If you ever experience a feeling of heaviness, tightness or aching in your arms or legs, you could have lymphedema.
Lymphedema is swelling caused by an accumulation of lymph, a protein-rich fluid found throughout the body. (Lymph also has white blood cells that help fight infection.) Often the swelling is in the arm or leg, but lymph fluid can also build up in the breasts, trunk, genitals, head or neck. The swelling can range from mild and hardly noticeable to obvious changes in the affected areas.
So what causes lymphedema, and what can you do to prevent it?
We talked to UNC REX lymphedema therapist Valerie Hunsel to learn more.
Your Lymphatic Waste Collector
To understand lymphedema, it’s important to explain how the lymphatic system works. The lymphatic system is made up of lymph vessels, lymph nodes and organs that help the body get rid of waste, toxins and other material such as bacteria and viruses.
“The lymphatic system is like your body’s waste collector,” Hunsel says. “It takes out the waste products through your lymph vessels, which lead to lymph nodes. The lymph nodes then filter out the waste products. Once filtered, the lymph flows in one direction upward toward the neck, where it joins the circulatory system. The heart then pumps the fluid toward the lungs and kidneys to assist with waste removal from the body.”
Lymphedema: The Roadblock
Damage to the lymph system can cause a buildup of lymph, which can prevent the fluid from draining properly. This can lead to swelling.
“I equate it to construction on a freeway. If you have six lanes and two of the lanes are blocked, you still have traffic flowing, but it flows at a much slower pace,” Hunsel says. “That’s what happens when there is damage to the lymphatic vessels or lymph nodes.”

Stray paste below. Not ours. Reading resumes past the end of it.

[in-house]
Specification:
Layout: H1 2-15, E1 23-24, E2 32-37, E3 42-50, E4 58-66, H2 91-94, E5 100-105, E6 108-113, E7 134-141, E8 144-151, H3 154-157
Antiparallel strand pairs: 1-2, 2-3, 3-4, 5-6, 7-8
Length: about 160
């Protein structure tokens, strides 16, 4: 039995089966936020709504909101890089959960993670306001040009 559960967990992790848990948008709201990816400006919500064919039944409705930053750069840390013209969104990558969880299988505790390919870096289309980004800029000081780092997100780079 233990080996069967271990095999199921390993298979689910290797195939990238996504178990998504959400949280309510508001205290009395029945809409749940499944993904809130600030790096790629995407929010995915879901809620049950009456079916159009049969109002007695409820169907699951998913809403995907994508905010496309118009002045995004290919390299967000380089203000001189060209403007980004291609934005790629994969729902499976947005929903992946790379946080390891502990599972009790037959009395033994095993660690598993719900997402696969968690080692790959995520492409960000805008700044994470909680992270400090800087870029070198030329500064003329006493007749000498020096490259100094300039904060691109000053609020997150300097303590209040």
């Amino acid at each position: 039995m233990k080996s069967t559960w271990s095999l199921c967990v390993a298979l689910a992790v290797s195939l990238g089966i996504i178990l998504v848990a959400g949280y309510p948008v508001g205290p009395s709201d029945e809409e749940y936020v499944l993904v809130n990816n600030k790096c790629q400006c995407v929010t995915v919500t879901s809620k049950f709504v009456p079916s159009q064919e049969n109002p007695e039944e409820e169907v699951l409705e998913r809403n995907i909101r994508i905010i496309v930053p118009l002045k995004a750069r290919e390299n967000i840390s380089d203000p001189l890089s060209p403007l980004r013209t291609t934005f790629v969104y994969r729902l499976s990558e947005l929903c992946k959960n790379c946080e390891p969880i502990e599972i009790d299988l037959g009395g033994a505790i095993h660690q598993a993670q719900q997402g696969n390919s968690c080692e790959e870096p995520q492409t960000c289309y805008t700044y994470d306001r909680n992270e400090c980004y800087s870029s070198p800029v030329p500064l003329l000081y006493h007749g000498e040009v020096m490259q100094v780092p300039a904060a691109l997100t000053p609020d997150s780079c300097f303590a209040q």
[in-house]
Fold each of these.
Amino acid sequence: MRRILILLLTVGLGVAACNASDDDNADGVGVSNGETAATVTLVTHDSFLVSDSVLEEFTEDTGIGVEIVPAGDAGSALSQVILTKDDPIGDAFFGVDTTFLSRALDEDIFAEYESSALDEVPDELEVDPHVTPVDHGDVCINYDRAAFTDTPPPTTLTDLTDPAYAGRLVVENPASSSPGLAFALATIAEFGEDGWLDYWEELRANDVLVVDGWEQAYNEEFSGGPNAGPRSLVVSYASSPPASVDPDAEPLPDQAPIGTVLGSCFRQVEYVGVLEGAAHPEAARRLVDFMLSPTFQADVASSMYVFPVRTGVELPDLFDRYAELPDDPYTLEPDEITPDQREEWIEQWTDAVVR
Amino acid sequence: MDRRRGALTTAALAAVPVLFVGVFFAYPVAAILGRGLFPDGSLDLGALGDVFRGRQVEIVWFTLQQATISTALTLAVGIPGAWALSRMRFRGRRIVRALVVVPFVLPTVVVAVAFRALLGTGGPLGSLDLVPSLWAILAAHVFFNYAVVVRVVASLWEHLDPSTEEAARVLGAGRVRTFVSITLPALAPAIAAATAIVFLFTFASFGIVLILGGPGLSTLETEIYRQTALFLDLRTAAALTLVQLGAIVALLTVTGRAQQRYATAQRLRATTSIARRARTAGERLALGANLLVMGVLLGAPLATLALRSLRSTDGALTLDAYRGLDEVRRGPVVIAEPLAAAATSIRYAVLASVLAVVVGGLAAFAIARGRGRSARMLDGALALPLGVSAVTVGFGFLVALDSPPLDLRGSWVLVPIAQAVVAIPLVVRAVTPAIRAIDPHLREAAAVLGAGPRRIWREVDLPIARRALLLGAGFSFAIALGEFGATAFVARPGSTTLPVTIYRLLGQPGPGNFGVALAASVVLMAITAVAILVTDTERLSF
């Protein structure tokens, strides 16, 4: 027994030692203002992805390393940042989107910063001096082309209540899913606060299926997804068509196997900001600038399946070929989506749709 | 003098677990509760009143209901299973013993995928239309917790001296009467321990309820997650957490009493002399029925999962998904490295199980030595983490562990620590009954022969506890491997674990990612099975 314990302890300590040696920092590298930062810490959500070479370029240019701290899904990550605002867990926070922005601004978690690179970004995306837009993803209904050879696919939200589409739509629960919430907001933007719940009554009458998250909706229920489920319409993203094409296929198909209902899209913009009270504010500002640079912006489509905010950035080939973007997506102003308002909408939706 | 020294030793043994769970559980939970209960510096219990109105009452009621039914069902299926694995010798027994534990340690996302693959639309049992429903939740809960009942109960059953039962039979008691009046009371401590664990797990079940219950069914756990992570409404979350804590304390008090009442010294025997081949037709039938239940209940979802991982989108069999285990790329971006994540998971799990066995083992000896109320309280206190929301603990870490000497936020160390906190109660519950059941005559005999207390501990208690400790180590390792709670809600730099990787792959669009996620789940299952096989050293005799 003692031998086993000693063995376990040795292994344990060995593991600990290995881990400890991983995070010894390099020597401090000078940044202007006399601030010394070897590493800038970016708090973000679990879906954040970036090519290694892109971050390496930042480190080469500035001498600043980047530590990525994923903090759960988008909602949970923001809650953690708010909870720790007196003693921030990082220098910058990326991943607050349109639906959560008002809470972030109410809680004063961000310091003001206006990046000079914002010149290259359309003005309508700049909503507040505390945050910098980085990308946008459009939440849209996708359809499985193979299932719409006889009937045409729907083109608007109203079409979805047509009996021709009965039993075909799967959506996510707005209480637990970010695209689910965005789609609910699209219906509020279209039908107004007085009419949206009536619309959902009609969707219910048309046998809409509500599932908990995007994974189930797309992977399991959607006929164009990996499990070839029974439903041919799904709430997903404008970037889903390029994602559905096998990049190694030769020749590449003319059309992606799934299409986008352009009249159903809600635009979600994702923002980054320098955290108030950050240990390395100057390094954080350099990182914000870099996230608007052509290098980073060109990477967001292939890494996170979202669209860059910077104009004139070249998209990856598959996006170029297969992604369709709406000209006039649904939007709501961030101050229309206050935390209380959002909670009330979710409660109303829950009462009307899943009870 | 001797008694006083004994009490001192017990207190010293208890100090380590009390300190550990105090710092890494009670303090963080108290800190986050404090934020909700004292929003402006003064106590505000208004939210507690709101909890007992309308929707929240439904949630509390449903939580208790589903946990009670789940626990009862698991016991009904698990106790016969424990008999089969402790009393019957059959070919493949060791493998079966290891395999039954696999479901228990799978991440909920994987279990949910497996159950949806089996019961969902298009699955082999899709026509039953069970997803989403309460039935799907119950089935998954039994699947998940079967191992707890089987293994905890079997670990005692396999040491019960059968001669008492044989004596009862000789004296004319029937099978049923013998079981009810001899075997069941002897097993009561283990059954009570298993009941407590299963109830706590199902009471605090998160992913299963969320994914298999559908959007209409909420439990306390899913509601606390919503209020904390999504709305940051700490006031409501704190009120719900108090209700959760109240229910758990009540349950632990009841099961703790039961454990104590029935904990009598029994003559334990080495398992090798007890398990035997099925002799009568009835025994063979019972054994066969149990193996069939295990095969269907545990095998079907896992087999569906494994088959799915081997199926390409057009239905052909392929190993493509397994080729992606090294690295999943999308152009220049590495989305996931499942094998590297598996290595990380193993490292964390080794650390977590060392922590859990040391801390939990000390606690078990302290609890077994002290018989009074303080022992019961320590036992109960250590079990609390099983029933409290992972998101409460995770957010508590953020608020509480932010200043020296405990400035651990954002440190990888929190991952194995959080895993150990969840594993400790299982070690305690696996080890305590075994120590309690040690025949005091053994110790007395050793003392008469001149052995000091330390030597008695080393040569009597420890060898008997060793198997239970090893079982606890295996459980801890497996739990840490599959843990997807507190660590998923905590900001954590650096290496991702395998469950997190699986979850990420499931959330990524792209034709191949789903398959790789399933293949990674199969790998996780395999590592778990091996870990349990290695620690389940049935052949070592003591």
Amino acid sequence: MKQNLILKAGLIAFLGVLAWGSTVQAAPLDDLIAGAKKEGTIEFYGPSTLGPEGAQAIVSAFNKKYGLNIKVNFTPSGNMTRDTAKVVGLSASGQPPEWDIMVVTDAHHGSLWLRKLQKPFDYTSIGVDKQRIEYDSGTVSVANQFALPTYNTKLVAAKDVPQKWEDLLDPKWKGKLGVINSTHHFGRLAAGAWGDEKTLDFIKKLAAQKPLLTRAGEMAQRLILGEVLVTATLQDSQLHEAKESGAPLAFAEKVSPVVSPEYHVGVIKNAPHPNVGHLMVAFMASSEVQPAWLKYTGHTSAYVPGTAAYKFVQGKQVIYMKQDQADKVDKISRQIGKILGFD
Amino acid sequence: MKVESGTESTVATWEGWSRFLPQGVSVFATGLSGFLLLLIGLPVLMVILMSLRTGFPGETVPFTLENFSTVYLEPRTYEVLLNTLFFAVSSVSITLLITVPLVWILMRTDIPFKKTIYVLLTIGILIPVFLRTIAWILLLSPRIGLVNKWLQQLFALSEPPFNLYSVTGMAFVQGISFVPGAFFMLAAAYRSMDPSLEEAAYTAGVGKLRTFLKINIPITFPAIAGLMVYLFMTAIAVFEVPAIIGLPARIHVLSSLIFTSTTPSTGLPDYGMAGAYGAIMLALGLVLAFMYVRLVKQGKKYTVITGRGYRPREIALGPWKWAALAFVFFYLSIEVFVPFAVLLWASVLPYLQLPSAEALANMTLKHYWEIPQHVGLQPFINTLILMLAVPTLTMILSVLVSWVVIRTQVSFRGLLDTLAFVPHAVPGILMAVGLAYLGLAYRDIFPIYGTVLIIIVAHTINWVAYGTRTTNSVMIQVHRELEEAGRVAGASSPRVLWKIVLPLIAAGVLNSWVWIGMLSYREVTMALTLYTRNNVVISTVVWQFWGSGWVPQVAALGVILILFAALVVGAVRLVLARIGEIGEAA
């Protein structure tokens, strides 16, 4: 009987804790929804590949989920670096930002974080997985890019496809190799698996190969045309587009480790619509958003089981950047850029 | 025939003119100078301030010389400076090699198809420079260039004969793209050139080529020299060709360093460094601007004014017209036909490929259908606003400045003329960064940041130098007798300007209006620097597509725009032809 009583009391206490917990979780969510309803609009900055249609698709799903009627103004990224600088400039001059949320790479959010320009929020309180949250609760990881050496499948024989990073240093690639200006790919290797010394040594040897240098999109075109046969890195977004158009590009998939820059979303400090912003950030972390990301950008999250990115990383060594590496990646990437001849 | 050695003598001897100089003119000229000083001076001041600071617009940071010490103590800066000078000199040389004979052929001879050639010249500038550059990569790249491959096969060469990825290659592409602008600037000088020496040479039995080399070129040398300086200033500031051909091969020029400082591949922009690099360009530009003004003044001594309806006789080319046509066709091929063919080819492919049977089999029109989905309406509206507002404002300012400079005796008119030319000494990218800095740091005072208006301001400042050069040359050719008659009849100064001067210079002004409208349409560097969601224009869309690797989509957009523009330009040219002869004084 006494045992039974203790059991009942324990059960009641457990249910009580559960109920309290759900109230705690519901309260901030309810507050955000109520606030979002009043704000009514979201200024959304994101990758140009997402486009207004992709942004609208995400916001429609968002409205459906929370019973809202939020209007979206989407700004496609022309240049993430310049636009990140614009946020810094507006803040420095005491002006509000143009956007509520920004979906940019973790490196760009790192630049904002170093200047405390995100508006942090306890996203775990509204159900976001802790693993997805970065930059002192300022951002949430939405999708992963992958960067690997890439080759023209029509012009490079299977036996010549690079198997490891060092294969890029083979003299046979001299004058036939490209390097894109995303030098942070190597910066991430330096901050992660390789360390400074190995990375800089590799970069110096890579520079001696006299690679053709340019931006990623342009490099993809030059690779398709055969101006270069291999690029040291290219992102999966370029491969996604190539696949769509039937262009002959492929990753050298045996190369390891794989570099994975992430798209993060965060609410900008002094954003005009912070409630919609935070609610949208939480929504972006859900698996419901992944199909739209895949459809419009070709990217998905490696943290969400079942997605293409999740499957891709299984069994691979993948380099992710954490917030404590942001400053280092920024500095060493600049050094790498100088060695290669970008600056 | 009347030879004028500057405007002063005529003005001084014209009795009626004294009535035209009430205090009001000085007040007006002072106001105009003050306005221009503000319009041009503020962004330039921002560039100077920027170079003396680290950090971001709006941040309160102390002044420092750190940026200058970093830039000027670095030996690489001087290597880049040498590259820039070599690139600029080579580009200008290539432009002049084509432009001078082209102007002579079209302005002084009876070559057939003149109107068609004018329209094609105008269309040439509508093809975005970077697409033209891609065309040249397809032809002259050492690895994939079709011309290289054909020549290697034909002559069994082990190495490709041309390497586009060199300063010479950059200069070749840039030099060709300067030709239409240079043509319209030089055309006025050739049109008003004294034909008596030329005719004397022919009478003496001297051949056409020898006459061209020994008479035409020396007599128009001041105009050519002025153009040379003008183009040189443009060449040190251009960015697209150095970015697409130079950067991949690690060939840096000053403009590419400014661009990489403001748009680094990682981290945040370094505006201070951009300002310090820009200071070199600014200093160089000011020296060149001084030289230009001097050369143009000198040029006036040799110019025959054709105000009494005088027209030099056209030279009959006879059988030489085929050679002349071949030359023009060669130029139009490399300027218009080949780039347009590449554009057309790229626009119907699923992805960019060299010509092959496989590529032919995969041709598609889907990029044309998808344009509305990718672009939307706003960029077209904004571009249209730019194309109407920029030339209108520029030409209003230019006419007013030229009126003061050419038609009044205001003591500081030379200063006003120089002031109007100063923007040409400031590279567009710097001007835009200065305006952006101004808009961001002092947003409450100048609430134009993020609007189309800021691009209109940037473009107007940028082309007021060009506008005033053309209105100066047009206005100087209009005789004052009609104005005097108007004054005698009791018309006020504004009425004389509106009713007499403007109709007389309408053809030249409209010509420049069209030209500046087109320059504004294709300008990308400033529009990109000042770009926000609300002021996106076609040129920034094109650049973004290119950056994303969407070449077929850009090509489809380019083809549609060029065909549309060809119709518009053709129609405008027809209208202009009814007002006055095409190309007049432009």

There are two types of lymphedema: primary and secondary. Primary lymphedema is often called hereditary lymphedema, because people are born with an abnormality in the lymphatic system. Symptoms can occur at birth, which is called Milroy’s disease, or later during adolescence or adulthood.
Secondary lymphedema, which is more common in the United States, occurs when the lymphatic system is disrupted. Surgery, cancer treatments, radiation and axillary lymph node dissection, where some lymph nodes are removed as part of treatment or diagnosis, can disrupt the lymphatic system and put a person at risk for secondary lymphedema.
Symptoms of lymphedema include:
- Swelling of the arms, legs or other affected areas
- Full or heavy feeling in the arms, legs or other affected areas
- Tautness, or a tight feeling, in the skin